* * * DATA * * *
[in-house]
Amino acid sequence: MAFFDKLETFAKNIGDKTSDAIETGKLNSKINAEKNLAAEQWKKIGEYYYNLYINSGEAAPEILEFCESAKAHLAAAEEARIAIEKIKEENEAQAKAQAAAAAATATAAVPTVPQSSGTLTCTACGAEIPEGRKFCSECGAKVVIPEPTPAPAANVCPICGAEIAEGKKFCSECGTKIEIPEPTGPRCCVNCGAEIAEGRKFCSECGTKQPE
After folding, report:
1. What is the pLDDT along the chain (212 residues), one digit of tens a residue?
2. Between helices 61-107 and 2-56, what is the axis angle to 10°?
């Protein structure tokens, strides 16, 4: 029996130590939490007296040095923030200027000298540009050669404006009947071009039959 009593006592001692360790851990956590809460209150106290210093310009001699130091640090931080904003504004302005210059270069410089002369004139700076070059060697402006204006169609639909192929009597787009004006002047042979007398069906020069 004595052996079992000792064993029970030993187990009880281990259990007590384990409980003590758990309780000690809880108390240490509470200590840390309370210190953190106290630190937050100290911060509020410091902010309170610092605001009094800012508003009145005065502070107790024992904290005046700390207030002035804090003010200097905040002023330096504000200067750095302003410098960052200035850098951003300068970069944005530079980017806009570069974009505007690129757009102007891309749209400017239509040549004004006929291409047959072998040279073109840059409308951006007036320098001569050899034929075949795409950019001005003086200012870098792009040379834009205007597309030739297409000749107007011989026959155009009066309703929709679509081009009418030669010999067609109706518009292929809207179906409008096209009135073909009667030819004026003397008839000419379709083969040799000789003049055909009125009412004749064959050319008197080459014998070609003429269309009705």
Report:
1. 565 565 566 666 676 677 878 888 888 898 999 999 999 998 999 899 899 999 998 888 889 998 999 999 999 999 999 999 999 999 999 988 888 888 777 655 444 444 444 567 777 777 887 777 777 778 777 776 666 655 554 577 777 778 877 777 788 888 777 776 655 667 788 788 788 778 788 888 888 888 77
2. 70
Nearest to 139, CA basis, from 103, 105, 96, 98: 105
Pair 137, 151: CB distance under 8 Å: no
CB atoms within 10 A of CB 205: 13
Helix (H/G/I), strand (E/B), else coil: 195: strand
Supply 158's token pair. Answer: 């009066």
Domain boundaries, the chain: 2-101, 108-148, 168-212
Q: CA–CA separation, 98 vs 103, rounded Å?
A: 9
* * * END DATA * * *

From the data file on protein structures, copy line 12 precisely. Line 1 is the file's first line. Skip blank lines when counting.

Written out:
CB atoms within 10 A of CB 205: 13